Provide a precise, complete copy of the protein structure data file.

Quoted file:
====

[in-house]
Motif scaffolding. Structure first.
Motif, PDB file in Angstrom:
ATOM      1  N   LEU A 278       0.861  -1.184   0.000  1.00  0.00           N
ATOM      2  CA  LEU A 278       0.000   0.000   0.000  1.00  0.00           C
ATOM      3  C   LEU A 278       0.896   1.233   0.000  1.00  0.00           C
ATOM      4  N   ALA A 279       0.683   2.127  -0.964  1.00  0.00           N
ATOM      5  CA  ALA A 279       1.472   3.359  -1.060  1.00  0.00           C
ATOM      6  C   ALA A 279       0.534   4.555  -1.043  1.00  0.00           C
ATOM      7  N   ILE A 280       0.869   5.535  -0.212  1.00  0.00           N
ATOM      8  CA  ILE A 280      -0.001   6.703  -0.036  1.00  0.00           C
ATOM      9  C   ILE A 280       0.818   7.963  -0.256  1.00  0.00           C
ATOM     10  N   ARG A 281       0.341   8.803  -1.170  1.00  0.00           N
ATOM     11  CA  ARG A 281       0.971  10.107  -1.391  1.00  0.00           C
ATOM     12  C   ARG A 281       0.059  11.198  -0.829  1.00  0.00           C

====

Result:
[in-house]
Motif scaffolding. Structure first.
Motif, PDB file in Angstrom:
ATOM      1  N   LEU A 278       0.861  -1.184   0.000  1.00  0.00           N
ATOM      2  CA  LEU A 278       0.000   0.000   0.000  1.00  0.00           C
ATOM      3  C   LEU A 278       0.896   1.233   0.000  1.00  0.00           C
ATOM      4  N   ALA A 279       0.683   2.127  -0.964  1.00  0.00           N
ATOM      5  CA  ALA A 279       1.472   3.359  -1.060  1.00  0.00           C
ATOM      6  C   ALA A 279       0.534   4.555  -1.043  1.00  0.00           C
ATOM      7  N   ILE A 280       0.869   5.535  -0.212  1.00  0.00           N
ATOM      8  CA  ILE A 280      -0.001   6.703  -0.036  1.00  0.00           C
ATOM      9  C   ILE A 280       0.818   7.963  -0.256  1.00  0.00           C
ATOM     10  N   ARG A 281       0.341   8.803  -1.170  1.00  0.00           N
ATOM     11  CA  ARG A 281       0.971  10.107  -1.391  1.00  0.00           C
ATOM     12  C   ARG A 281       0.059  11.198  -0.829  1.00  0.00           C